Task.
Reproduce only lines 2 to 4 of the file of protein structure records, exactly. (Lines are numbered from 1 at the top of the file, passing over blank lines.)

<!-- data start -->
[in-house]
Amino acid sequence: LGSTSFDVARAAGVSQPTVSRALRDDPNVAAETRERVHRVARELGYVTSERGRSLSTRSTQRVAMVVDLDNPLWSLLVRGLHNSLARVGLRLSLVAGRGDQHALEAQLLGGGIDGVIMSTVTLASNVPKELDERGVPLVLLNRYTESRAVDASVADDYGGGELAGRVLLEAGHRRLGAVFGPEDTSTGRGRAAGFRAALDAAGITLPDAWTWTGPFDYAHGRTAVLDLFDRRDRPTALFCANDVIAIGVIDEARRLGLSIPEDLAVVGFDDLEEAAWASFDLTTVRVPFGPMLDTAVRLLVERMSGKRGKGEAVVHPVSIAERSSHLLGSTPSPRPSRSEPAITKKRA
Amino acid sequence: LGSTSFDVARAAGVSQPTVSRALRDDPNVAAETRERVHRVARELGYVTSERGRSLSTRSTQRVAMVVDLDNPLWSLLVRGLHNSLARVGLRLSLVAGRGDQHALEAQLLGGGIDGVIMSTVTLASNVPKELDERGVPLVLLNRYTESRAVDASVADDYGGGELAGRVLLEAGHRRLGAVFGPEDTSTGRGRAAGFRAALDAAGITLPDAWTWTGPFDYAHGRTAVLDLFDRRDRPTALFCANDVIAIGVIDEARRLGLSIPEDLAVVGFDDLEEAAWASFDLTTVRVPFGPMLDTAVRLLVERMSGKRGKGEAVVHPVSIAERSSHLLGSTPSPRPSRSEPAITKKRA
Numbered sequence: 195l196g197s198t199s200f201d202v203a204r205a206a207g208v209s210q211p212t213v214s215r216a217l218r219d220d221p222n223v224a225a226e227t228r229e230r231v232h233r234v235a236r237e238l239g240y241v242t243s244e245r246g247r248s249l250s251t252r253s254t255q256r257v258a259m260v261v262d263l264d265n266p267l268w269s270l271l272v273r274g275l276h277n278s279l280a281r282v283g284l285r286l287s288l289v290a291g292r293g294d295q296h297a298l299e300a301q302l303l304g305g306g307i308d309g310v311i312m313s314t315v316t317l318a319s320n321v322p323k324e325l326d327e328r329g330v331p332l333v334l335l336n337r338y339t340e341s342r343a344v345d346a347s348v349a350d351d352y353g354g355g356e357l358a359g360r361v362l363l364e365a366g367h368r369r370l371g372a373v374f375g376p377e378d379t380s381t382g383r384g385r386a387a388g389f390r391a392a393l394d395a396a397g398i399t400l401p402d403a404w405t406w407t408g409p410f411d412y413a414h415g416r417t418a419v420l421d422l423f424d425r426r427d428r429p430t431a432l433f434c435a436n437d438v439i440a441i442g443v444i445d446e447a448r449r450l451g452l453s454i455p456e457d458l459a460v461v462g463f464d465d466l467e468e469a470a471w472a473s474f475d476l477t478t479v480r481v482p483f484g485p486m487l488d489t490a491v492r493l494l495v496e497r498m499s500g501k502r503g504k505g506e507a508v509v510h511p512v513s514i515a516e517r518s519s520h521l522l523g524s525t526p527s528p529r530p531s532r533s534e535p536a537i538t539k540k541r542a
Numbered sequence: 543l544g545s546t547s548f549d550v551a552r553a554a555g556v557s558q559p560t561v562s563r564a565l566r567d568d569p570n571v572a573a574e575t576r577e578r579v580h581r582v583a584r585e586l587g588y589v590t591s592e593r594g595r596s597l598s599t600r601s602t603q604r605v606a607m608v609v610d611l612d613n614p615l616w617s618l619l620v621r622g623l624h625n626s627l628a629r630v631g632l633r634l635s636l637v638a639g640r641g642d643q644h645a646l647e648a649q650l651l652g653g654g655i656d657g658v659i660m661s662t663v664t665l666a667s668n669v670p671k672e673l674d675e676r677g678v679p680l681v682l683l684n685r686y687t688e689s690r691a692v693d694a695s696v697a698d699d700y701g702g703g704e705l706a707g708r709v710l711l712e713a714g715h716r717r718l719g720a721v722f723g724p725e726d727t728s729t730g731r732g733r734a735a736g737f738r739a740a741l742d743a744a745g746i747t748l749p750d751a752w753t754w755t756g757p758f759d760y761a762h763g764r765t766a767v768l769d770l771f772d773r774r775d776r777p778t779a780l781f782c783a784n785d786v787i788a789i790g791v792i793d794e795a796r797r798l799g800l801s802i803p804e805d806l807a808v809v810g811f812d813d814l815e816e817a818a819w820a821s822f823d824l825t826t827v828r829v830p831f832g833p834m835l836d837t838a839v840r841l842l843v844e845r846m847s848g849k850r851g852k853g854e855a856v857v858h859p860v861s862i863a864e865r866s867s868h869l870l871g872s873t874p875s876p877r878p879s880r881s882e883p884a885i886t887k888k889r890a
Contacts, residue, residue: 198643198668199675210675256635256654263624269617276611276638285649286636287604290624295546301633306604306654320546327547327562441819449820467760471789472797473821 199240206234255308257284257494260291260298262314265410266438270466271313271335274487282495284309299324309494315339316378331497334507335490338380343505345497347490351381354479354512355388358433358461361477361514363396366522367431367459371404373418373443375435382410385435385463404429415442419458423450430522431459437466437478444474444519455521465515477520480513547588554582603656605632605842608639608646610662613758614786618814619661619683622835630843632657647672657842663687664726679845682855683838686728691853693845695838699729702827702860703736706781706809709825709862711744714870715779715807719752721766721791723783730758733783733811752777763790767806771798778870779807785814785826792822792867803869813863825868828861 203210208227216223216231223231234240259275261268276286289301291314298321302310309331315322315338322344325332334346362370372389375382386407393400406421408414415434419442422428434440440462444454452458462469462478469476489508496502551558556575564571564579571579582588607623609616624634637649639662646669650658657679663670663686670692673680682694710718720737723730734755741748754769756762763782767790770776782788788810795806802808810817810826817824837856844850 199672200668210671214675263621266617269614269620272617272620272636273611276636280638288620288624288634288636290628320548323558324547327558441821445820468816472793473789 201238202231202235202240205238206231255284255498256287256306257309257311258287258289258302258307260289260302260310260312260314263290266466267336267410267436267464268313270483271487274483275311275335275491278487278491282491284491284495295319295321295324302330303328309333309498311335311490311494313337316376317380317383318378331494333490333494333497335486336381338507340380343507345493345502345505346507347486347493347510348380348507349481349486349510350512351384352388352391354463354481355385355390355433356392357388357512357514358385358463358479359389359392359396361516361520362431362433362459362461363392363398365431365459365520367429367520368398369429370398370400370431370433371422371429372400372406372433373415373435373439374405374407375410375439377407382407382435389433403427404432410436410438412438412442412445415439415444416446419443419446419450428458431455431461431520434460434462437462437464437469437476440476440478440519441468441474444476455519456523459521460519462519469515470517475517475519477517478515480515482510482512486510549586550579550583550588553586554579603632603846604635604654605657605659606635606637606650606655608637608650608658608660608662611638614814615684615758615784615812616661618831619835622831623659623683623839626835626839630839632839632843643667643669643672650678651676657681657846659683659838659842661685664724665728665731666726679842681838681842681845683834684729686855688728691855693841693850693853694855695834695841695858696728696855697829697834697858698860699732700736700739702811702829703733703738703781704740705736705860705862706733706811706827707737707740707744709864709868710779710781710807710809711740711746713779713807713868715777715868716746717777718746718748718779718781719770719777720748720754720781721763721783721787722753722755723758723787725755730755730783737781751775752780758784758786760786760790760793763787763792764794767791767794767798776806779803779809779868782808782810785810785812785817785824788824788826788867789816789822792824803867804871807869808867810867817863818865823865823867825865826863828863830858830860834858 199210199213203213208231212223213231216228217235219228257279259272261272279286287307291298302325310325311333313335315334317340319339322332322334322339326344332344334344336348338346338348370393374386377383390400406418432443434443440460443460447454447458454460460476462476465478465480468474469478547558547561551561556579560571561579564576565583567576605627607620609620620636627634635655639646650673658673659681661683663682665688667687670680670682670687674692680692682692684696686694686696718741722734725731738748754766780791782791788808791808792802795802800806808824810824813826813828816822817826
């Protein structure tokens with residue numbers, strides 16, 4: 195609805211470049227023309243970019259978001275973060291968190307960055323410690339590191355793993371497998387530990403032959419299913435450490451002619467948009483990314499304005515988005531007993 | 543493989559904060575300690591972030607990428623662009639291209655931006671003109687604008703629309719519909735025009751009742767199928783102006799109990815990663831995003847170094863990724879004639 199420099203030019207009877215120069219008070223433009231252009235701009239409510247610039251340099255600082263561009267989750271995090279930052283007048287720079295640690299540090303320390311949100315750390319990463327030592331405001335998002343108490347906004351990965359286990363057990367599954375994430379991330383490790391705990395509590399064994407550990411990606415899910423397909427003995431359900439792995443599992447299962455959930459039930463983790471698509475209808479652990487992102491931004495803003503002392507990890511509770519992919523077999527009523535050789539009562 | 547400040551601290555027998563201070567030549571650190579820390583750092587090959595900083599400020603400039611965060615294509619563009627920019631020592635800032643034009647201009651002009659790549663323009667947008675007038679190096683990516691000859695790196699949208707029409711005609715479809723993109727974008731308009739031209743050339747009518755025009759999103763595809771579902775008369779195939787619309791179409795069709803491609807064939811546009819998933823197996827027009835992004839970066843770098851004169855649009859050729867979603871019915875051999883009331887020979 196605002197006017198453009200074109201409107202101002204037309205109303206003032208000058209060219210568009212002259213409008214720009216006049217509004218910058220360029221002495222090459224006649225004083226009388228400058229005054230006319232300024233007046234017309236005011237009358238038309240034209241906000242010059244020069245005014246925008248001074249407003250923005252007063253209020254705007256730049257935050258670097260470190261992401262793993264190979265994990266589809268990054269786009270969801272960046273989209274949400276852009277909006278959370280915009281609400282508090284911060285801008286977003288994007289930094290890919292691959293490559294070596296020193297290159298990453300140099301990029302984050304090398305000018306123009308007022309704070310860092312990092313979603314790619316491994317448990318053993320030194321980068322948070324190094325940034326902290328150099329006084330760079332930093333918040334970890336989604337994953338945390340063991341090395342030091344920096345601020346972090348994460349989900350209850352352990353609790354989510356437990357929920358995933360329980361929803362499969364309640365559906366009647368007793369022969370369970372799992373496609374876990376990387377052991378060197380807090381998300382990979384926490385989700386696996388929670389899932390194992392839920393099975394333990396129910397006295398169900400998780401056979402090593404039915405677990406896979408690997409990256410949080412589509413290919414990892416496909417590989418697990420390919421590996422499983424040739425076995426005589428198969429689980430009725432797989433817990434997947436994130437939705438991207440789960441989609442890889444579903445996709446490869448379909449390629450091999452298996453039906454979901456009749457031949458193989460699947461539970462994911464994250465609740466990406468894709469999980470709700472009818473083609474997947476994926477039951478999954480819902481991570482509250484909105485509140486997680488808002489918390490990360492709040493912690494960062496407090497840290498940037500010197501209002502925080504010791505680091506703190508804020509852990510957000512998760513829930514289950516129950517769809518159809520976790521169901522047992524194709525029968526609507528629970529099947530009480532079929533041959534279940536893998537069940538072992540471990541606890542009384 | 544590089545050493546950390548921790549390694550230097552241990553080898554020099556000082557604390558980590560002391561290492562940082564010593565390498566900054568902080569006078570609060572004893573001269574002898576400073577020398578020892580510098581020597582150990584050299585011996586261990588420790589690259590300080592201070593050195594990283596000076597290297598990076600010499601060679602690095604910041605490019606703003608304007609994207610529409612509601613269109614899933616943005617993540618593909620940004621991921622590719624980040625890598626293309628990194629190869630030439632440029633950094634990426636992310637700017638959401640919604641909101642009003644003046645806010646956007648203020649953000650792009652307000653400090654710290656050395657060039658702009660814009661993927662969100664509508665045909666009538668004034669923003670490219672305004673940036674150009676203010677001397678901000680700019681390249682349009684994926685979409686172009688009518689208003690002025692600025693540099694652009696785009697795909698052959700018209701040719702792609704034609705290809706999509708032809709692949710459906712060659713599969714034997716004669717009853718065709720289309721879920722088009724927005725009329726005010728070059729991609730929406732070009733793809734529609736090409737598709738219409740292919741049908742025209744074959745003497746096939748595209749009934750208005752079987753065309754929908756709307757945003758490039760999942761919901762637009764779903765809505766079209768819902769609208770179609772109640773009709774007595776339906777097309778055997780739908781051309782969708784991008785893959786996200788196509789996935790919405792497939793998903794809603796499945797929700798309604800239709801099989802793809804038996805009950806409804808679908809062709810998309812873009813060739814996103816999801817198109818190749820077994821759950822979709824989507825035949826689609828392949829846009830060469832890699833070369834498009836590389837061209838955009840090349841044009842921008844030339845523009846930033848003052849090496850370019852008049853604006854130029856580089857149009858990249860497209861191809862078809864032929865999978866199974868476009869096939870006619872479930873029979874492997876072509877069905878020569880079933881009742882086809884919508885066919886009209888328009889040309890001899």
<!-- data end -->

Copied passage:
Amino acid sequence: LGSTSFDVARAAGVSQPTVSRALRDDPNVAAETRERVHRVARELGYVTSERGRSLSTRSTQRVAMVVDLDNPLWSLLVRGLHNSLARVGLRLSLVAGRGDQHALEAQLLGGGIDGVIMSTVTLASNVPKELDERGVPLVLLNRYTESRAVDASVADDYGGGELAGRVLLEAGHRRLGAVFGPEDTSTGRGRAAGFRAALDAAGITLPDAWTWTGPFDYAHGRTAVLDLFDRRDRPTALFCANDVIAIGVIDEARRLGLSIPEDLAVVGFDDLEEAAWASFDLTTVRVPFGPMLDTAVRLLVERMSGKRGKGEAVVHPVSIAERSSHLLGSTPSPRPSRSEPAITKKRA
Amino acid sequence: LGSTSFDVARAAGVSQPTVSRALRDDPNVAAETRERVHRVARELGYVTSERGRSLSTRSTQRVAMVVDLDNPLWSLLVRGLHNSLARVGLRLSLVAGRGDQHALEAQLLGGGIDGVIMSTVTLASNVPKELDERGVPLVLLNRYTESRAVDASVADDYGGGELAGRVLLEAGHRRLGAVFGPEDTSTGRGRAAGFRAALDAAGITLPDAWTWTGPFDYAHGRTAVLDLFDRRDRPTALFCANDVIAIGVIDEARRLGLSIPEDLAVVGFDDLEEAAWASFDLTTVRVPFGPMLDTAVRLLVERMSGKRGKGEAVVHPVSIAERSSHLLGSTPSPRPSRSEPAITKKRA
Numbered sequence: 195l196g197s198t199s200f201d202v203a204r205a206a207g208v209s210q211p212t213v214s215r216a217l218r219d220d221p222n223v224a225a226e227t228r229e230r231v232h233r234v235a236r237e238l239g240y241v242t243s244e245r246g247r248s249l250s251t252r253s254t255q256r257v258a259m260v261v262d263l264d265n266p267l268w269s270l271l272v273r274g275l276h277n278s279l280a281r282v283g284l285r286l287s288l289v290a291g292r293g294d295q296h297a298l299e300a301q302l303l304g305g306g307i308d309g310v311i312m313s314t315v316t317l318a319s320n321v322p323k324e325l326d327e328r329g330v331p332l333v334l335l336n337r338y339t340e341s342r343a344v345d346a347s348v349a350d351d352y353g354g355g356e357l358a359g360r361v362l363l364e365a366g367h368r369r370l371g372a373v374f375g376p377e378d379t380s381t382g383r384g385r386a387a388g389f390r391a392a393l394d395a396a397g398i399t400l401p402d403a404w405t406w407t408g409p410f411d412y413a414h415g416r417t418a419v420l421d422l423f424d425r426r427d428r429p430t431a432l433f434c435a436n437d438v439i440a441i442g443v444i445d446e447a448r449r450l451g452l453s454i455p456e457d458l459a460v461v462g463f464d465d466l467e468e469a470a471w472a473s474f475d476l477t478t479v480r481v482p483f484g485p486m487l488d489t490a491v492r493l494l495v496e497r498m499s500g501k502r503g504k505g506e507a508v509v510h511p512v513s514i515a516e517r518s519s520h521l522l523g524s525t526p527s528p529r530p531s532r533s534e535p536a537i538t539k540k541r542a